3.4. Taurine-Induced Actions Were Mediated via GlyRs and Extrasynaptic GABAA Receptors
It has been reported that taurine can activate GABAA receptors (GABAARs) in various regions such as main olfactory bulb [46, 47], in the hippocampal CA1 area , and in anteroventral cochlear nucleus neurons . As gabazine is well known to block synaptic GABAARs at lower concentration  as well as extrasynaptic GABAARs at higher concentration , taurine was applied in the presence of gabazine (3 μM).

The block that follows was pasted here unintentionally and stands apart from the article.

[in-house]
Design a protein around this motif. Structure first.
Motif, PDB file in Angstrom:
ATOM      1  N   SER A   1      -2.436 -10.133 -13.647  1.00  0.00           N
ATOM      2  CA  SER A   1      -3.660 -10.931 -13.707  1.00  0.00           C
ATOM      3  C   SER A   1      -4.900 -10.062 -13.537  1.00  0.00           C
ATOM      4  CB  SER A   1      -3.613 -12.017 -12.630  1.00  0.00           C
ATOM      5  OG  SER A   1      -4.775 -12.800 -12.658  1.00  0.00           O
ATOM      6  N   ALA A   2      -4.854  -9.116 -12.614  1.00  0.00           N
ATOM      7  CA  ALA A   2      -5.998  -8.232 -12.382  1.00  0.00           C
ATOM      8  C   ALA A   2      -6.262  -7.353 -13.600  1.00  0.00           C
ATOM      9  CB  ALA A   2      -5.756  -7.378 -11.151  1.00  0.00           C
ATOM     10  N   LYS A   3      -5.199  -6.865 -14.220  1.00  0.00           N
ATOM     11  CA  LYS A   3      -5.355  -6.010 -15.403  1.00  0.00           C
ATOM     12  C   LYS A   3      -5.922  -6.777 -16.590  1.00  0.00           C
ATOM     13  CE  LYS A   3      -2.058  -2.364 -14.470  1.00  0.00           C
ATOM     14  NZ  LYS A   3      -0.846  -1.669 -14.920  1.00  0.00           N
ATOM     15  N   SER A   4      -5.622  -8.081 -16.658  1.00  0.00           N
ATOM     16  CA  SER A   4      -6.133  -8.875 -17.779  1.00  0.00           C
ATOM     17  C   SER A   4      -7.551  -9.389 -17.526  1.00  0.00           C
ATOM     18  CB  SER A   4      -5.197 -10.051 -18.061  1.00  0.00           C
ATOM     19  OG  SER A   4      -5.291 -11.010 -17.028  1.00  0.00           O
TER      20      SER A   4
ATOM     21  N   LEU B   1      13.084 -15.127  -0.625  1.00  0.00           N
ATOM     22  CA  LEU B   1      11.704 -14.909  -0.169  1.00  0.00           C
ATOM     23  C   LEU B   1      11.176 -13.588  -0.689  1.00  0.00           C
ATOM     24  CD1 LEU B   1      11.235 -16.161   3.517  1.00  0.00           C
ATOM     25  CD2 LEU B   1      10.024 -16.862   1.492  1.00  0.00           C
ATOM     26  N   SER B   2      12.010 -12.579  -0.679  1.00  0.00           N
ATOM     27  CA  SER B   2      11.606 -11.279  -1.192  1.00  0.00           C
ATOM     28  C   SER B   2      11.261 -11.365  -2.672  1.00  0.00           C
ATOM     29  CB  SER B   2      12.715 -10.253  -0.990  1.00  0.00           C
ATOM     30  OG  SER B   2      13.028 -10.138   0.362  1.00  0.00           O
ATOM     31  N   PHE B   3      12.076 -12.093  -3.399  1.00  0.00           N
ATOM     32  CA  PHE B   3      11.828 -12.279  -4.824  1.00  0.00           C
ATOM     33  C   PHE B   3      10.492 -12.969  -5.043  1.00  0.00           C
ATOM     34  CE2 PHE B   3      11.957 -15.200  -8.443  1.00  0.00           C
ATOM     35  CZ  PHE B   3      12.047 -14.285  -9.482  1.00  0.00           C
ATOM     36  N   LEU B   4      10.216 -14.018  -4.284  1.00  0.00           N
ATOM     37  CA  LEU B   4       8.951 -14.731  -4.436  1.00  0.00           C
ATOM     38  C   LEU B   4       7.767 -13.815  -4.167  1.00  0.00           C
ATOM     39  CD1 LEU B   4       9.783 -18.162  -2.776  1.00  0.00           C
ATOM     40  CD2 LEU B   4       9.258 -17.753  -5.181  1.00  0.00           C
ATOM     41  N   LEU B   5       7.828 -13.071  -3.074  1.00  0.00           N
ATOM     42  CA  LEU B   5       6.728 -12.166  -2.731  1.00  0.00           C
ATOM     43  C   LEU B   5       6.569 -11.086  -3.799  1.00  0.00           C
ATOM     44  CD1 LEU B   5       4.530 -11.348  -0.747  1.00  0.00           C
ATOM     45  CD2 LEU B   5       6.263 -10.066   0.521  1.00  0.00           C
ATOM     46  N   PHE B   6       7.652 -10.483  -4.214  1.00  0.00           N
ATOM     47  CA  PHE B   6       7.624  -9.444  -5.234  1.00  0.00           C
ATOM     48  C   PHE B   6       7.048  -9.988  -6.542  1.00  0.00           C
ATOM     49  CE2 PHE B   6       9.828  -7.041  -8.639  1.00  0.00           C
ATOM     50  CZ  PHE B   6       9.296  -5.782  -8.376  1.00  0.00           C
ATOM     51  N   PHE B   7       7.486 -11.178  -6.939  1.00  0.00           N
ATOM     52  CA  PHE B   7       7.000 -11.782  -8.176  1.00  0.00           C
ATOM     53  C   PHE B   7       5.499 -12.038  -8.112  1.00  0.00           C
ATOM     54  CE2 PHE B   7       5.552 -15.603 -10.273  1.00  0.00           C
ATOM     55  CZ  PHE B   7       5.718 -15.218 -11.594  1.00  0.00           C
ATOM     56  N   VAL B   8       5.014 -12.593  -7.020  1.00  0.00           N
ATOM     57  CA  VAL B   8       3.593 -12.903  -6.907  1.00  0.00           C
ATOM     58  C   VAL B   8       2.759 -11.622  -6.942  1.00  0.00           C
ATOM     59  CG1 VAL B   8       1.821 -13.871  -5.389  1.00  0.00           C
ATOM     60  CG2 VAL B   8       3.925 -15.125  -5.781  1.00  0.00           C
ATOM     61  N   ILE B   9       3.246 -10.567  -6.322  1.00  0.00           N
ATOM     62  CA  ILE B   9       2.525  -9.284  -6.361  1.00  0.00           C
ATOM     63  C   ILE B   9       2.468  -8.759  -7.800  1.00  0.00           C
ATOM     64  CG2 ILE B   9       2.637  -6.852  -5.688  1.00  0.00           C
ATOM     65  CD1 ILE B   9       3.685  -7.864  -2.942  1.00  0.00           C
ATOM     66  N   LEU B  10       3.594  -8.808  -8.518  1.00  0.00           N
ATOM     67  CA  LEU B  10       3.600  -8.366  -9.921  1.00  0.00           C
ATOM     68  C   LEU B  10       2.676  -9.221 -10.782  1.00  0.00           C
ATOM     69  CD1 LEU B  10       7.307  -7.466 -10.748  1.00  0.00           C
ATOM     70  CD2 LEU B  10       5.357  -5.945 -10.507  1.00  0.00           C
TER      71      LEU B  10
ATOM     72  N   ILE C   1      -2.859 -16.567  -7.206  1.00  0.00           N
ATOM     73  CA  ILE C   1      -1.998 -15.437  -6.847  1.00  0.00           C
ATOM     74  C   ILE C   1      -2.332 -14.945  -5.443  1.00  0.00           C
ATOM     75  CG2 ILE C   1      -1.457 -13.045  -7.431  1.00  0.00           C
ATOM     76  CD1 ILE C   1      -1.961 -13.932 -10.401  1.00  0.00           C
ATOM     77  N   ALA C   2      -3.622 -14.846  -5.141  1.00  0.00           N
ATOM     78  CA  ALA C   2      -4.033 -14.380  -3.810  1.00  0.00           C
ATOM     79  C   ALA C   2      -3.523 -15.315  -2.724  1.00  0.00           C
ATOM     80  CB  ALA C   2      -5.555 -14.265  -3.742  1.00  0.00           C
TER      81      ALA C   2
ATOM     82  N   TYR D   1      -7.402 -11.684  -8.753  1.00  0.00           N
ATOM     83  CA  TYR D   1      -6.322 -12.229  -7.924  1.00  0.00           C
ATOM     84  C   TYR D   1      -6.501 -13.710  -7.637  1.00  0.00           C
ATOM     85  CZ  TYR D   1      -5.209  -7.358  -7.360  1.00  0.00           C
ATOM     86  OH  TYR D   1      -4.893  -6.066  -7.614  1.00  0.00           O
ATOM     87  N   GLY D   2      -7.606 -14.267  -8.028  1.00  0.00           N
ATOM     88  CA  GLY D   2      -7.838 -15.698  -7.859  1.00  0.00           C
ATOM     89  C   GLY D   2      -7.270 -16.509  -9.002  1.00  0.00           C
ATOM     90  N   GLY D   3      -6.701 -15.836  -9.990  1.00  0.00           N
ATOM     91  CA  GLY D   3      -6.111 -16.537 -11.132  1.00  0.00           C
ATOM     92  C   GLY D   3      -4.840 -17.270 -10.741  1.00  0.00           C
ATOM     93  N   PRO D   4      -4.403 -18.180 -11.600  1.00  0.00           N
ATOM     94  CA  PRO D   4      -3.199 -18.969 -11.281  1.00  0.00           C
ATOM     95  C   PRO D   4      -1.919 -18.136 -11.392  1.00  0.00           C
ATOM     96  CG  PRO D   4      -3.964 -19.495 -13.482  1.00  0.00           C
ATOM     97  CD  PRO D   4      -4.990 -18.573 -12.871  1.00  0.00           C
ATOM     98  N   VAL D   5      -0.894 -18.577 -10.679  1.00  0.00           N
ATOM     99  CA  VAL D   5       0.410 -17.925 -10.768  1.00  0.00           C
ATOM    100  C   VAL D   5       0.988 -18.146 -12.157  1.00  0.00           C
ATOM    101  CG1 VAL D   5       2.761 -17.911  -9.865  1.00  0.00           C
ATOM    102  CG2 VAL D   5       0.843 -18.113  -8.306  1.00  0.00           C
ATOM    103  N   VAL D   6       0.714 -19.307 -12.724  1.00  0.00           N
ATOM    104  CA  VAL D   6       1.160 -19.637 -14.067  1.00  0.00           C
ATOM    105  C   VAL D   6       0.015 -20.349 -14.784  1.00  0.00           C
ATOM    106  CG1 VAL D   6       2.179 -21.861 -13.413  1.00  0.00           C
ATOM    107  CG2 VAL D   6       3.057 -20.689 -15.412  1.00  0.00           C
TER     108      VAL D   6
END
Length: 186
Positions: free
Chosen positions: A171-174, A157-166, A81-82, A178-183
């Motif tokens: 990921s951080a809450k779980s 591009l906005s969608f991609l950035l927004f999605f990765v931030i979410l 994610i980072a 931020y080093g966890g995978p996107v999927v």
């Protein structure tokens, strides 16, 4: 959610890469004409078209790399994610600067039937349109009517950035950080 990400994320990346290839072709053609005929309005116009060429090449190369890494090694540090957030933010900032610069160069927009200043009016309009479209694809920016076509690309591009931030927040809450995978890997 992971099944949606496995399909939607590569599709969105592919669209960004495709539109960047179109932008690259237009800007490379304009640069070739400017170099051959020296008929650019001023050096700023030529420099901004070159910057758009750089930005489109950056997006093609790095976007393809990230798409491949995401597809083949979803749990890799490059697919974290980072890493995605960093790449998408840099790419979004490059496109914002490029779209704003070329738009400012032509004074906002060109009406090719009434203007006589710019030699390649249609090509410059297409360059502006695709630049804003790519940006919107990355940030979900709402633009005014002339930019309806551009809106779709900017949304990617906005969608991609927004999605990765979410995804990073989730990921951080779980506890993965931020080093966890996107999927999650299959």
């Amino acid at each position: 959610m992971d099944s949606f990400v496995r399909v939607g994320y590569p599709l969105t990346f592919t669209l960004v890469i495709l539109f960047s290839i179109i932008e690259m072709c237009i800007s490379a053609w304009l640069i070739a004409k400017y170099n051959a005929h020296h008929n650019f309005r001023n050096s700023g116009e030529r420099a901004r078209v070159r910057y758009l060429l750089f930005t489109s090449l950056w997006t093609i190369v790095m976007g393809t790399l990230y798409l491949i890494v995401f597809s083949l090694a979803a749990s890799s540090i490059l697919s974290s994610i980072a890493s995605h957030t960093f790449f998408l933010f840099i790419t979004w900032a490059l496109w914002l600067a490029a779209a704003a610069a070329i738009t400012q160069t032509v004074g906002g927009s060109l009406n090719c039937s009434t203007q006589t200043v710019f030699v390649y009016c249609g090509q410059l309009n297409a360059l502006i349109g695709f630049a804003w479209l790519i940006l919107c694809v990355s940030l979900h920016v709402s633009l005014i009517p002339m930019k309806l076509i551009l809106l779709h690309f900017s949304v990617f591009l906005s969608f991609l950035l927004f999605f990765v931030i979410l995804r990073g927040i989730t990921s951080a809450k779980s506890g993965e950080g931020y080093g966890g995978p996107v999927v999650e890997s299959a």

The currents activated by taurine at 100 μM and 1,000 μM were not affected by 3 μM gabazine (Figures 5(a) and 5(c)). Figures 5(b) and 5(d) compare the changes in inward currents between taurine alone (with two different concentrations 100 μM and 1,000 μM ( pA and pA, resp.)) and taurine in the presence of gabazine 3 μM ( pA and pA, resp.). Therefore, at these concentrations, are not affected by taurine. On the other hand, to identify whether taurine can act on extrasynaptic on SG neurons, the concentration of gabazine was increased to 50 μM (Figures 5(e) and 5(f)). The taurine-induced current was inhibited by gabazine at high concentration (Figure 5(e)). Specifically, the mean inward current induced by taurine 1,000 μM ( pA) was reduced to pA in the presence of gabazine 50 μM (Figure 5(f), ). Further additional experiments in the presence of gabazine and bicuculline were conducted to figure out the activation of extrasynaptic current by 1,000 μM taurine, and as expected, bicuculline blocked the taurine-induced inward current in the presence of gabazine (Figures 5(g) and 5(h), ).